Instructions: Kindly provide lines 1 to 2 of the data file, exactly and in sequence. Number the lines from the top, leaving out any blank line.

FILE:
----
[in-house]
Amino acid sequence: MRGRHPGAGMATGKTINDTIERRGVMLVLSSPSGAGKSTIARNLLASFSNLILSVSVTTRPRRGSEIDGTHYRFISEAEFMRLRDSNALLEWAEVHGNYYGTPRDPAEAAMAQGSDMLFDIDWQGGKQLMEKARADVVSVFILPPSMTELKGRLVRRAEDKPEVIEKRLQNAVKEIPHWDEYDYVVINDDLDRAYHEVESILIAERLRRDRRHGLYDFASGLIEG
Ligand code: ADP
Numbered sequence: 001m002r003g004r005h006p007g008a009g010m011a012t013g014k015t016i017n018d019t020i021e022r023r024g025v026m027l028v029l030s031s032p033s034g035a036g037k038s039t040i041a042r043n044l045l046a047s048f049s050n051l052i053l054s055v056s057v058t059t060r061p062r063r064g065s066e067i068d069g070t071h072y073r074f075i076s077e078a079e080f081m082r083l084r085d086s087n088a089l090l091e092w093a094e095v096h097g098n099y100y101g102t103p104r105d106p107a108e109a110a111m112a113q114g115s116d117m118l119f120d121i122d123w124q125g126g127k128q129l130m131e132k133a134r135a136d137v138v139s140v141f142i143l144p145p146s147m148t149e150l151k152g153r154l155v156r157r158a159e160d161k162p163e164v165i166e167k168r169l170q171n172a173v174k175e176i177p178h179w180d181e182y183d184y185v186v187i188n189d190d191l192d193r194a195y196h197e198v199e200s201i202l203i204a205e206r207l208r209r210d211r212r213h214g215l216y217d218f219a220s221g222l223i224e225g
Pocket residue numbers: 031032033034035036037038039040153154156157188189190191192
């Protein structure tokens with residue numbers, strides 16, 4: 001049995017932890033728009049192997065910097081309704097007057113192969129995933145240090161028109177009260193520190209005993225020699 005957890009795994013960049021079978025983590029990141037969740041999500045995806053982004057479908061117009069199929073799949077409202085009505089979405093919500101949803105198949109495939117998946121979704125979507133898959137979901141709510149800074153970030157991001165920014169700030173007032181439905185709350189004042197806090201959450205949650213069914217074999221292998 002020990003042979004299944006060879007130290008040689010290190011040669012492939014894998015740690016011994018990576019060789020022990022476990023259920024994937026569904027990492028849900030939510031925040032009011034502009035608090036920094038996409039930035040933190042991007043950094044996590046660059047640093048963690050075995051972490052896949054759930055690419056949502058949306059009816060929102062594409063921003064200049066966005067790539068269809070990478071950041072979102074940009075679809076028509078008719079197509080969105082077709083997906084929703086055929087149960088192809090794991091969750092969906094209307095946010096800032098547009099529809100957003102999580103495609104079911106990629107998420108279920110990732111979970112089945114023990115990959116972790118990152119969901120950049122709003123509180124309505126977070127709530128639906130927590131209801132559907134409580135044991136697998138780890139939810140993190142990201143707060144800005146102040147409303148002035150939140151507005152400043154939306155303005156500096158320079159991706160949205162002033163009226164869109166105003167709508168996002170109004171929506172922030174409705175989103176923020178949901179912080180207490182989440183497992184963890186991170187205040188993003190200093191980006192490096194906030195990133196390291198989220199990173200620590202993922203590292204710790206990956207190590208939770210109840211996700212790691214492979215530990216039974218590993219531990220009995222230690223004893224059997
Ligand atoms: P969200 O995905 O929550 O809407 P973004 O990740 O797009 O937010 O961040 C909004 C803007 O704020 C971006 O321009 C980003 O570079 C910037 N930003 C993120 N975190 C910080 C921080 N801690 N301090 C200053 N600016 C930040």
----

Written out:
[in-house]
Amino acid sequence: MRGRHPGAGMATGKTINDTIERRGVMLVLSSPSGAGKSTIARNLLASFSNLILSVSVTTRPRRGSEIDGTHYRFISEAEFMRLRDSNALLEWAEVHGNYYGTPRDPAEAAMAQGSDMLFDIDWQGGKQLMEKARADVVSVFILPPSMTELKGRLVRRAEDKPEVIEKRLQNAVKEIPHWDEYDYVVINDDLDRAYHEVESILIAERLRRDRRHGLYDFASGLIEG